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What I try to do is quite simple: create a custom object with some properties, and then define "groups" of properties (columns) for use in Select-Object. Let me clarify:

$props = @{"Mary"=1;"Jane"=2;"Frank"=3;"John"=5;"Brenda"=6}
$obj = New-Object PSObject $props

I now have a custom object with some bogus data. What I now want to be able to do is

$obj | select Male
$obj | select Female

And what I had thought would do the trick, is something like this:

$obj | Add-Member PropertySet "Male" @("Frank","John")
$obj | Add-Member PropertySet "Female" @("Mary","Jane","Brenda")

It doesn't work - I get this error:

Add-Member : Cannot convert the "System.Object[]" value of type 
"System.Object[]" to type "System.Collections.ObjectModel.Collection`1[System.String]".

I guess I should provide another object type than my array to Add-Member, but I'm unsure how I should do that.

Does anyone have experience with this?

Important note: I'm on Powershell 2, and I read on various sites that it has a bug that doesn't allow setting the default properties. That's not what I want to do - I want to create a custom property set and not a default one - but it could be that this bug also prevents me from getting what I want.

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1 Answer 1

up vote 3 down vote accepted

You are very close. The problem is that you're not creating the object correctly. You need to specify the -Property parameter before you specify a hashtable of properties. Without it, you just create a hashtable. This works:

$props = @{"Mary"=1;"Jane"=2;"Frank"=3;"John"=5;"Brenda"=6}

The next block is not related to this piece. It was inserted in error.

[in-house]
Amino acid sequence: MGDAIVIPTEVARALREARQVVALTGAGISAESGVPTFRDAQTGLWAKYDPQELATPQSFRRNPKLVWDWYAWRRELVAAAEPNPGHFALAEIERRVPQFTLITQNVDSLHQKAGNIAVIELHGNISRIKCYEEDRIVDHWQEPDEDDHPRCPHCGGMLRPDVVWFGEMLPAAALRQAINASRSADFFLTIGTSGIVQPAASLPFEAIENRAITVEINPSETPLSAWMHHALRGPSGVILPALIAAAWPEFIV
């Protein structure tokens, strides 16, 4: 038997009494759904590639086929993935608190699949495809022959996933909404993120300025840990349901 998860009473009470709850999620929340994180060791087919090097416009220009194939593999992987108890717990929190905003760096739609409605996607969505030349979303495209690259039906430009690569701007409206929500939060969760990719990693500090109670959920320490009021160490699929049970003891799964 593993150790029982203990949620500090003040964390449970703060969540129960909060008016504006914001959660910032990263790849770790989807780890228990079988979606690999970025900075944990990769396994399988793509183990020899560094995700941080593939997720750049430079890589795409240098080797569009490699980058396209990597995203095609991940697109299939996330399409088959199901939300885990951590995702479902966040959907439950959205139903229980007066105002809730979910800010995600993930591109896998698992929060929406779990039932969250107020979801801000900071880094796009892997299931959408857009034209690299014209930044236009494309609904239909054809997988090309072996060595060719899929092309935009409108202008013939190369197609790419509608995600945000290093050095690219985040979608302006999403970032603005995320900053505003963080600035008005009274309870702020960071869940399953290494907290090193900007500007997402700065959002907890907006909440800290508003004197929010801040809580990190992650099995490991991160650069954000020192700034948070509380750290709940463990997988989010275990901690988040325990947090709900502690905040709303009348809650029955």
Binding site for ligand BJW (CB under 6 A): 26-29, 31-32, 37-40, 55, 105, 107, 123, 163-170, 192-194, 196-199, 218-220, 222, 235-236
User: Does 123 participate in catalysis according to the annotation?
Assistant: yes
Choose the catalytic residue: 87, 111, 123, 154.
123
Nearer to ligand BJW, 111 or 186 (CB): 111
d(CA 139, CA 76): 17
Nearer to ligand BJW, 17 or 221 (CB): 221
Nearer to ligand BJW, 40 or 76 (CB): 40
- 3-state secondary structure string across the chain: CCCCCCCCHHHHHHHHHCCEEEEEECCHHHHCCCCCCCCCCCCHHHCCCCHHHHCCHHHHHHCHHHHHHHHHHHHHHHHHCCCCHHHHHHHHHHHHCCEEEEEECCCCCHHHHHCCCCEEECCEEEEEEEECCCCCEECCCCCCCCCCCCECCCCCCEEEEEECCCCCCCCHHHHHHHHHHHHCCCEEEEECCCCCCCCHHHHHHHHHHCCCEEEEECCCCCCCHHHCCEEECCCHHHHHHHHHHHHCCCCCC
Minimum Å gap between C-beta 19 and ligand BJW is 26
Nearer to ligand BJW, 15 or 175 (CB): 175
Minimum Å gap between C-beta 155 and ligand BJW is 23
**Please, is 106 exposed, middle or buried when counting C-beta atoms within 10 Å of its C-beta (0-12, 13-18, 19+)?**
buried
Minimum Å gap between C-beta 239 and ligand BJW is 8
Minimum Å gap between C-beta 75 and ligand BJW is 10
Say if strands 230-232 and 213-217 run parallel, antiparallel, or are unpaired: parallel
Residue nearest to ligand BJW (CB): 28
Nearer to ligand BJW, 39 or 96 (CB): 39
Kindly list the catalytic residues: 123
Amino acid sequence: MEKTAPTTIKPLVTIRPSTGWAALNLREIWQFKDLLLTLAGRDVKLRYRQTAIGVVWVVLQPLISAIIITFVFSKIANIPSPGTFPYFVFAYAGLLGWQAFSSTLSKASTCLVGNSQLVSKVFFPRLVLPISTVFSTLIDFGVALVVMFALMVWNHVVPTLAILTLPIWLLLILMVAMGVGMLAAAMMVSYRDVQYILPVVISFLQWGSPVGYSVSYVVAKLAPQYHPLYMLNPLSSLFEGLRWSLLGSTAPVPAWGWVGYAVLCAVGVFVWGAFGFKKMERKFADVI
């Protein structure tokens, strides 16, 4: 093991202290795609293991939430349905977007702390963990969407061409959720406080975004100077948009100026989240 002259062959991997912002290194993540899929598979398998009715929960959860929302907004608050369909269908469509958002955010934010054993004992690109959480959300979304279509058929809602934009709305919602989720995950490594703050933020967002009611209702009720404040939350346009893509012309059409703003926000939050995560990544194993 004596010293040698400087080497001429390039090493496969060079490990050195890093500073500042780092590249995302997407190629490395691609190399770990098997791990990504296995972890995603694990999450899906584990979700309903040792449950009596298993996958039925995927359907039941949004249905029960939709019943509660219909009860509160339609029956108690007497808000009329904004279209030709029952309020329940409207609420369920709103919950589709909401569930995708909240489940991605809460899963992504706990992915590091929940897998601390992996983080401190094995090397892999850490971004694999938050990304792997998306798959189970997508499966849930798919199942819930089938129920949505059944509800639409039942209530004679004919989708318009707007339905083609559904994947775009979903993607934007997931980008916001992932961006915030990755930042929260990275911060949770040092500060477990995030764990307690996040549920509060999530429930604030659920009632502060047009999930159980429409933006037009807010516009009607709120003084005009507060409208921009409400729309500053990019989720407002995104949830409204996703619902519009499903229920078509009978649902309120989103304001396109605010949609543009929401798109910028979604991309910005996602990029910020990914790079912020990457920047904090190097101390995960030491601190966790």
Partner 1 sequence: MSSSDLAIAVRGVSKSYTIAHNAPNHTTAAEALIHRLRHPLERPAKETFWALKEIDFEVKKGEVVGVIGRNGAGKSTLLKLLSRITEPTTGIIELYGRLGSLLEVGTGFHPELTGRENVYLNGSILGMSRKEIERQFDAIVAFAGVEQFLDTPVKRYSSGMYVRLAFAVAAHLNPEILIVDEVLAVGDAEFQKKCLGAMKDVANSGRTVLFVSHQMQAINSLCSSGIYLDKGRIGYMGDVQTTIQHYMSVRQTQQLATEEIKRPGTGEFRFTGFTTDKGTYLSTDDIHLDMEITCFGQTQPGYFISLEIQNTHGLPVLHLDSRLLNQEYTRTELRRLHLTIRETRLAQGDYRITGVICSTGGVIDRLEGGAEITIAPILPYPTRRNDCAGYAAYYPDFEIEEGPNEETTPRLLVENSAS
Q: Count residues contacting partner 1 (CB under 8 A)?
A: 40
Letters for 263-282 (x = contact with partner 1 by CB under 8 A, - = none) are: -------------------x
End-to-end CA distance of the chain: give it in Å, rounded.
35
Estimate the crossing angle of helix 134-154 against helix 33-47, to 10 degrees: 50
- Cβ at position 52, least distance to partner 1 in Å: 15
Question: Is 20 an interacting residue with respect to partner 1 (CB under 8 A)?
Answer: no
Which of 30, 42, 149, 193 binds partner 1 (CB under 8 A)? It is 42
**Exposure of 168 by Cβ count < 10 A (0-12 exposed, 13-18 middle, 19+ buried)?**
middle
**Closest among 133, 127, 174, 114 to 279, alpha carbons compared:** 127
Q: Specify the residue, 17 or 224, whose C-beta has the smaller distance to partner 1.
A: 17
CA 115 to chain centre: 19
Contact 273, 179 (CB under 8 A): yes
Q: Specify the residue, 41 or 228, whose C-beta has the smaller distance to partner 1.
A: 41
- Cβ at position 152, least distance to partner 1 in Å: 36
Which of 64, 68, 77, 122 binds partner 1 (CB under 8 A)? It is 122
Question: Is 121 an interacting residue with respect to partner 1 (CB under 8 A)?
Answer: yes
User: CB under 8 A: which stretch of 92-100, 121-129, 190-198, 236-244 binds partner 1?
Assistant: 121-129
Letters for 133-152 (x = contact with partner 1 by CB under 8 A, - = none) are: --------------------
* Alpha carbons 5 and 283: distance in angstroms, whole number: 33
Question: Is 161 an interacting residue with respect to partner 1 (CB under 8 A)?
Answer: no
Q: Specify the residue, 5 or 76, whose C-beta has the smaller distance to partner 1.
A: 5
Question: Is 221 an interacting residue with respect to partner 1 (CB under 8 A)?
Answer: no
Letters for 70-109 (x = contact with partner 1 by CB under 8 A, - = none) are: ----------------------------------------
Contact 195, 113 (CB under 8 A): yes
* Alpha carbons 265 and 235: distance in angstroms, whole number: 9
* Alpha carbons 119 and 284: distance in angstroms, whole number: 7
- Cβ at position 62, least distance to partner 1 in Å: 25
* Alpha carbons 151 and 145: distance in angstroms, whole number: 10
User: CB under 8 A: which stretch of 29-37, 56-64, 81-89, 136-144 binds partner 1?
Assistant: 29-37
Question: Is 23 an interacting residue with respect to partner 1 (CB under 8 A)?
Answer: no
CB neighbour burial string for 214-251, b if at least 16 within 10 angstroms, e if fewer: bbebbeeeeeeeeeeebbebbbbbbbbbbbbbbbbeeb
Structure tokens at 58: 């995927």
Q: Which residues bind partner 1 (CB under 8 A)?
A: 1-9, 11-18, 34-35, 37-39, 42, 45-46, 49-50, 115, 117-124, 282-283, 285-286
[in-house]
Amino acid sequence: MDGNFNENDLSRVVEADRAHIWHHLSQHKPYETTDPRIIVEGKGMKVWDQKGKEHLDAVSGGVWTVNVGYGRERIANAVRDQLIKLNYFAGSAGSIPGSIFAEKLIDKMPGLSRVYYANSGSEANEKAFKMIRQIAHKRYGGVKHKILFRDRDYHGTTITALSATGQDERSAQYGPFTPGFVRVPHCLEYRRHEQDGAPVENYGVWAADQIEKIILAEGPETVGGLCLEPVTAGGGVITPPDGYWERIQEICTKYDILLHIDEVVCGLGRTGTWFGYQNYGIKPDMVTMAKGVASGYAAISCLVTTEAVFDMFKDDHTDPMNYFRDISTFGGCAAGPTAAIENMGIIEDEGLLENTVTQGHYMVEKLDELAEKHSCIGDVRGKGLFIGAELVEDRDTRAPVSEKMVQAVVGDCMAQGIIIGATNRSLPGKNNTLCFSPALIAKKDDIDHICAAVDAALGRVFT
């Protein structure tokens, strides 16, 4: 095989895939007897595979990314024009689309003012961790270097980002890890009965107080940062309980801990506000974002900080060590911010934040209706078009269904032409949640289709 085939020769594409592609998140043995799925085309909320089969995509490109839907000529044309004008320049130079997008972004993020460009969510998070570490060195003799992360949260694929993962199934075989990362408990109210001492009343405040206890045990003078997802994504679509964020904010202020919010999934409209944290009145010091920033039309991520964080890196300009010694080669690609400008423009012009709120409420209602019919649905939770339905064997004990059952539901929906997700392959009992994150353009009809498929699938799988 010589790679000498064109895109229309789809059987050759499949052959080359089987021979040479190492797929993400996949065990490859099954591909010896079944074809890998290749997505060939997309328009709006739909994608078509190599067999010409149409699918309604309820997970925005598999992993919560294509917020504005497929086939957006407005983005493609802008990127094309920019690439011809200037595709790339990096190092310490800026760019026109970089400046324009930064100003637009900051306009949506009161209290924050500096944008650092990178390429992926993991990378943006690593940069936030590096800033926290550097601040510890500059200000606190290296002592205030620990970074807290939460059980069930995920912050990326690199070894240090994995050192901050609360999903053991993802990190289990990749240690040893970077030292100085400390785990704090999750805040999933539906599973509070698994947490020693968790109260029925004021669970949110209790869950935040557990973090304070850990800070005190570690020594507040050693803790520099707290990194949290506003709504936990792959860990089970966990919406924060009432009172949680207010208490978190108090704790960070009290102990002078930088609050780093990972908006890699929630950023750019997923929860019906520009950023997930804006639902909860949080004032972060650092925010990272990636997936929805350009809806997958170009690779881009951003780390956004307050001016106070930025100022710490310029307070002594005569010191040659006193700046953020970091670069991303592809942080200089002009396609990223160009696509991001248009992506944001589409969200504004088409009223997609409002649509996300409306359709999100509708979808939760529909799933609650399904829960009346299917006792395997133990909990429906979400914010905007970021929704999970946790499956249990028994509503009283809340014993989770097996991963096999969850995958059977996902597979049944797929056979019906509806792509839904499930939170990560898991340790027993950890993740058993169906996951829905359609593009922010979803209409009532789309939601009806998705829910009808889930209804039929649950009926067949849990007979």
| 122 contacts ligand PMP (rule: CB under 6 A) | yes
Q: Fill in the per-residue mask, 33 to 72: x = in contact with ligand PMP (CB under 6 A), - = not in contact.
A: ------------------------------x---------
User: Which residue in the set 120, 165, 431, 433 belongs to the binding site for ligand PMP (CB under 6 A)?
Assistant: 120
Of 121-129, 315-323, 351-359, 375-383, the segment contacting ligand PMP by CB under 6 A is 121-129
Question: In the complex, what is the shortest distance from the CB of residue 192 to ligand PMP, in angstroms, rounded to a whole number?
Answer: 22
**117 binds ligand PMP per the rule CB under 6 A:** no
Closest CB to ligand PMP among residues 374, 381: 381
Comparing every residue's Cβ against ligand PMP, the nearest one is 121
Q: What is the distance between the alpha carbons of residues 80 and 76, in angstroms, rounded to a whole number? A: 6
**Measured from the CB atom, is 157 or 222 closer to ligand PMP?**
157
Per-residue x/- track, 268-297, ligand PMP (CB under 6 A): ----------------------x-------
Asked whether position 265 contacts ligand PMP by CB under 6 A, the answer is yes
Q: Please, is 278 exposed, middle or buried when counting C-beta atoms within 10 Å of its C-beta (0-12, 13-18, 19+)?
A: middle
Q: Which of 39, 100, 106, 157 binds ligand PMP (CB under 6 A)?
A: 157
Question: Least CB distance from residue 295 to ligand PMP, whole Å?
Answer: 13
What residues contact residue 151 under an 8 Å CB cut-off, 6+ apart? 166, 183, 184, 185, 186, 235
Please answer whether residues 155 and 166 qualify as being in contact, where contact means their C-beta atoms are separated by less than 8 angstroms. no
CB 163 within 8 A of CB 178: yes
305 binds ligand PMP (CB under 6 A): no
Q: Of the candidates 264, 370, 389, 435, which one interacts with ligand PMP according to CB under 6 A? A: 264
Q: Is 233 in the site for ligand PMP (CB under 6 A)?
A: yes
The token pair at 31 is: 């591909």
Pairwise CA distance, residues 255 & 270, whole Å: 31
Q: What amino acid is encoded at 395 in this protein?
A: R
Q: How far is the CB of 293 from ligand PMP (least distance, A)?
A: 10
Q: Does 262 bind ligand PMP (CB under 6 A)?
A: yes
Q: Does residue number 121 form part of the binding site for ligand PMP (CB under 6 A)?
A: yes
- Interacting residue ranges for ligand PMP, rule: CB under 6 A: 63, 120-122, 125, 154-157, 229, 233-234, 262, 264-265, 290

$obj = New-Object -TypeName PSObject -Property $props

$obj | Add-Member PropertySet "Male" @("Frank","John")
$obj | Add-Member PropertySet "Female" @("Mary","Jane","Brenda")

$obj | select male

Frank John
----- ----
    3    5

Why did this happend? If you read the syntax for New-Object using Get-help new-object or Get-Command New-Object -Syntax, you will see that for normal .Net types, the syntax is:

New-Object [-TypeName] <String> [[-ArgumentList] <Object[]>] [-Property <IDictionary>]

Notice that -ArgumentList is the 2nd paramter, not -Property as you expected. So your code actually did:

$obj = New-Object -TypeName PSObject -ArgumentList $props

instead of:

$obj = New-Object PSObject -Property $props

EDIT The solution above only worked in PS3.0 . It's still valid though, as the -Property parameter is required in PS2.0 also. In PS2.0 you need to cast the propertyset-array to string[] (string-array) and not an object-array (object[]) which is the default array. A complete solution for PS2.0 is:

$props = @{"Mary"=1;"Jane"=2;"Frank"=3;"John"=5;"Brenda"=6}
$obj = New-Object -TypeName PSObject -Property $props

$obj | Add-Member PropertySet "Male" ([string[]]@("Frank","John"))
$obj | Add-Member PropertySet "Female" ([string[]]@("Mary","Jane","Brenda"))

$obj | select male

Frank John
----- ----
    3    5
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1  
Graimer, your answer is complete, detailed, to the point and more than I even asked for. You made my day! It works perfect now. It's a pity I can't vote twice on your answer :) –  Joost Feb 22 '13 at 8:48
1  
Your kind comment is more than enough :-) –  Frode F. Feb 22 '13 at 9:03

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